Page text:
I had some fantastic English teachers in high school. Mrs. Allman and Dr. Scott were terrific. They were instrumental in telling me, “You’re a good writer – you have a knack for writing, and you should explore this and express yourself and learn how to do this and enjoy it.” They also were very encouraging of me to read broadly, to read all kinds of books, fiction, nonfiction, foreign authors. Their maxim was, “There’s no such thing as bad reading. If you’re reading something, it’s expanding your mind.” And I still read a ton. I spend a huge amount of my time reading, and I definitely credit, to some degree, my English teachers for that. To the extent that I am a decent writer, it’s probably because I consume a lot of good writing and I learn how to do it myself.

Later, in college, you weren’t writing about literature and the arts anymore. What prompted this shift?

I started shifting toward more political and legal writing my sophomore year. I was a history and art history double major and an English minor. By my sophomore year, I realized that I probably was not going to become like an English PhD. That was something I had mused about and thought, “Wouldn’t that be wonderful?” but the job market there is not exactly wide open, so I thought I should consider other avenues.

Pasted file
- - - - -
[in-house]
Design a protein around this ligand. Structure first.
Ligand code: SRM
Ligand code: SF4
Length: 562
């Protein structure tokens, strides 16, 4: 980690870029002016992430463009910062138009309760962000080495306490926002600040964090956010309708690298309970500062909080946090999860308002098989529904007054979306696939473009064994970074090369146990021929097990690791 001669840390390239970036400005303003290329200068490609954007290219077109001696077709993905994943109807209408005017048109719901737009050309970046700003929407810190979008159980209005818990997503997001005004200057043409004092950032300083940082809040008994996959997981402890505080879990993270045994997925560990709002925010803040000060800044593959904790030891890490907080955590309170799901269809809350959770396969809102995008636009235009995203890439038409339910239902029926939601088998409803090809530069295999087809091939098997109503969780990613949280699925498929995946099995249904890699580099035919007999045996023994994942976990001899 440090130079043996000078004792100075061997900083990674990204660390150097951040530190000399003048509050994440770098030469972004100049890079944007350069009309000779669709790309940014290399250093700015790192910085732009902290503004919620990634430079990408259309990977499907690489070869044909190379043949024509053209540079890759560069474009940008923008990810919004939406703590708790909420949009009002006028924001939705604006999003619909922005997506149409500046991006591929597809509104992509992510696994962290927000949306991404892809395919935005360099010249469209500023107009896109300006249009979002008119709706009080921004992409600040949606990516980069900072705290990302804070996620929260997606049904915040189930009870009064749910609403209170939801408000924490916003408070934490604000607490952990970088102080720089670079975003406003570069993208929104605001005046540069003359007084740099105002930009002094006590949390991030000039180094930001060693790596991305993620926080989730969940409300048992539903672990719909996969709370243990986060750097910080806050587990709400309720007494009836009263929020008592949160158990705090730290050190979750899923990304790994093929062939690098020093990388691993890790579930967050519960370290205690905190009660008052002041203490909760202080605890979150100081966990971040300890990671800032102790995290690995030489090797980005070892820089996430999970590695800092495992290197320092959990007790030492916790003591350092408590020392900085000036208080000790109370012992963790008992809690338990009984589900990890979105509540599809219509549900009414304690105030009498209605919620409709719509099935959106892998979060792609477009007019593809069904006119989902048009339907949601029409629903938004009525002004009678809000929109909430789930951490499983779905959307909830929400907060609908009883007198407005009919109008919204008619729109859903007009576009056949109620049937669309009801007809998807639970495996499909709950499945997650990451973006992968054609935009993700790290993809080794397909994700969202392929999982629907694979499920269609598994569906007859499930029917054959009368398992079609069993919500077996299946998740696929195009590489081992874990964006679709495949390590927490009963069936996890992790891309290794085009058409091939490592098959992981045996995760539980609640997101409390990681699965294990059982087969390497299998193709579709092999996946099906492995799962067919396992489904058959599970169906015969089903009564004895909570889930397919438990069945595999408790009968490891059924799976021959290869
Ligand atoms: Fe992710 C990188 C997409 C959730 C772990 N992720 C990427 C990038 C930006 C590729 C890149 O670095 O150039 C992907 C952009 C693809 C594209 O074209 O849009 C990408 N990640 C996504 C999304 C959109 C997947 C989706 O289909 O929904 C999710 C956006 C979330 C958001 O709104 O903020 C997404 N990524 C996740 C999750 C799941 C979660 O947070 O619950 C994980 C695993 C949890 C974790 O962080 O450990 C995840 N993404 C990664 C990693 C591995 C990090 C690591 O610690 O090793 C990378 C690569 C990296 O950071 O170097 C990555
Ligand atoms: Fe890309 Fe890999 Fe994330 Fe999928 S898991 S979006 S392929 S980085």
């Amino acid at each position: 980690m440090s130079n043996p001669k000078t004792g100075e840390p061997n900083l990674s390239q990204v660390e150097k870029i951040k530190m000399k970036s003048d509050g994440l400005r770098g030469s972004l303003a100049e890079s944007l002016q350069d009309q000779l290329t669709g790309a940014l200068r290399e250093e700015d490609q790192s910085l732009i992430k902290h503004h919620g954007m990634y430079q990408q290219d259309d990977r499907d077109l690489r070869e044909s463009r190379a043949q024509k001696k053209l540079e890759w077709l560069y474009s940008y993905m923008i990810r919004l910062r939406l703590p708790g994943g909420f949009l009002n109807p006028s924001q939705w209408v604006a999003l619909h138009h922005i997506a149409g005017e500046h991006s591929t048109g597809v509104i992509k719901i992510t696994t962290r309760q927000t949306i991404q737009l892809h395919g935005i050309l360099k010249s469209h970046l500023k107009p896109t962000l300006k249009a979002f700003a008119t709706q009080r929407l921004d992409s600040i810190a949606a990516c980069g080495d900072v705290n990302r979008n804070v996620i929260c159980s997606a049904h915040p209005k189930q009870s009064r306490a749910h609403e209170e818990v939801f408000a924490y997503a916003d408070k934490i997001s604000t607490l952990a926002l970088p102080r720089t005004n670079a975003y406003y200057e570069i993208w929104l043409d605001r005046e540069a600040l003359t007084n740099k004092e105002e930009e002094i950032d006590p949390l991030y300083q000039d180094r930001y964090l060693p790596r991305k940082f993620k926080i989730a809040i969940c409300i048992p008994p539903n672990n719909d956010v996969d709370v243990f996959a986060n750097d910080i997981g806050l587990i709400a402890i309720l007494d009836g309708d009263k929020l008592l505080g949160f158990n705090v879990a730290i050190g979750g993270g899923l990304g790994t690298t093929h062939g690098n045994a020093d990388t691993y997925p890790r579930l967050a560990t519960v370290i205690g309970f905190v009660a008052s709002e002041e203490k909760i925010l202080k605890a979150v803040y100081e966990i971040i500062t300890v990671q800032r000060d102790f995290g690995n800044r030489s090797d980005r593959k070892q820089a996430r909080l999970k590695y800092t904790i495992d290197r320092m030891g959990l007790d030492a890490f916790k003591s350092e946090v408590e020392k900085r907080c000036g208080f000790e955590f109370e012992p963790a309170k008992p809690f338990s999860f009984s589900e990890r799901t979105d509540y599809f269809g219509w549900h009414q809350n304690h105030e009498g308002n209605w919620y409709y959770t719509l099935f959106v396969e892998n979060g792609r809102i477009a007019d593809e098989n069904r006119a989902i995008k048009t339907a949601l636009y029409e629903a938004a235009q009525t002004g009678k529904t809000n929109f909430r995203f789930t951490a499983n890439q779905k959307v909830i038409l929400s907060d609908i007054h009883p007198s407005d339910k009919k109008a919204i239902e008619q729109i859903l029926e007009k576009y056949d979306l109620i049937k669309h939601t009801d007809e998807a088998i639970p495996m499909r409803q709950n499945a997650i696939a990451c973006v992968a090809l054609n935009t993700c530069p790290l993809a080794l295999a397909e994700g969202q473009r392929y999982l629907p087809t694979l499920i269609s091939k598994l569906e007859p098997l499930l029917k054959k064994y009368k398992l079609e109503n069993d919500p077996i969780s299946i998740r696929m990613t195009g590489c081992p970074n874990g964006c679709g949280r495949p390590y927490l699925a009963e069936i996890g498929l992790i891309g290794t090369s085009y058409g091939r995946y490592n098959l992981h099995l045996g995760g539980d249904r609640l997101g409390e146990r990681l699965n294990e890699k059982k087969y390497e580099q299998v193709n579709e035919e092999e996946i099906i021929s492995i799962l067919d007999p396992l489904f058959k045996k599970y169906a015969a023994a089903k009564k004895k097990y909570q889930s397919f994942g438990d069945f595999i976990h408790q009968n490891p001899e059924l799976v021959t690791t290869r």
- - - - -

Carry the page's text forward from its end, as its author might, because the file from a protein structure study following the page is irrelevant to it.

During my sophomore year, I started listening to Supreme Court oral arguments when I ran. I don’t really run anymore, but at the time, I would go on runs very frequently and I would listen to oral arguments. I started with the famous ones, but then I just started listening to whatever I was vaguely interested in. And of course, once you listen to arguments, you want to go read the opinions.

And frankly, I could probably reframe this to make it sound much more academic and sophisticated, but I was consuming the Supreme Court for entertainment. I thought it was fun to listen to oral arguments. It was very intellectually stimulating. And these were the twilight years of John Paul Stevens — I think I started getting engaged during his final term, and then thereafter when Kagan joined the court. And I loved Kagan from the very beginning.

That motivated me to vaguely prod my way forward towards some kind of writing about legal affairs and politics, and I started writing periodically for Georgetown publications, I started writing a blog at Daily Kos. It was about all kinds of different things, but often about Supreme Court cases and decisions. That was my pivot towards thinking more: “How am I going to be able to write about this stuff that I’m interested in and passionate about for a public audience from a more journalistic standpoint?”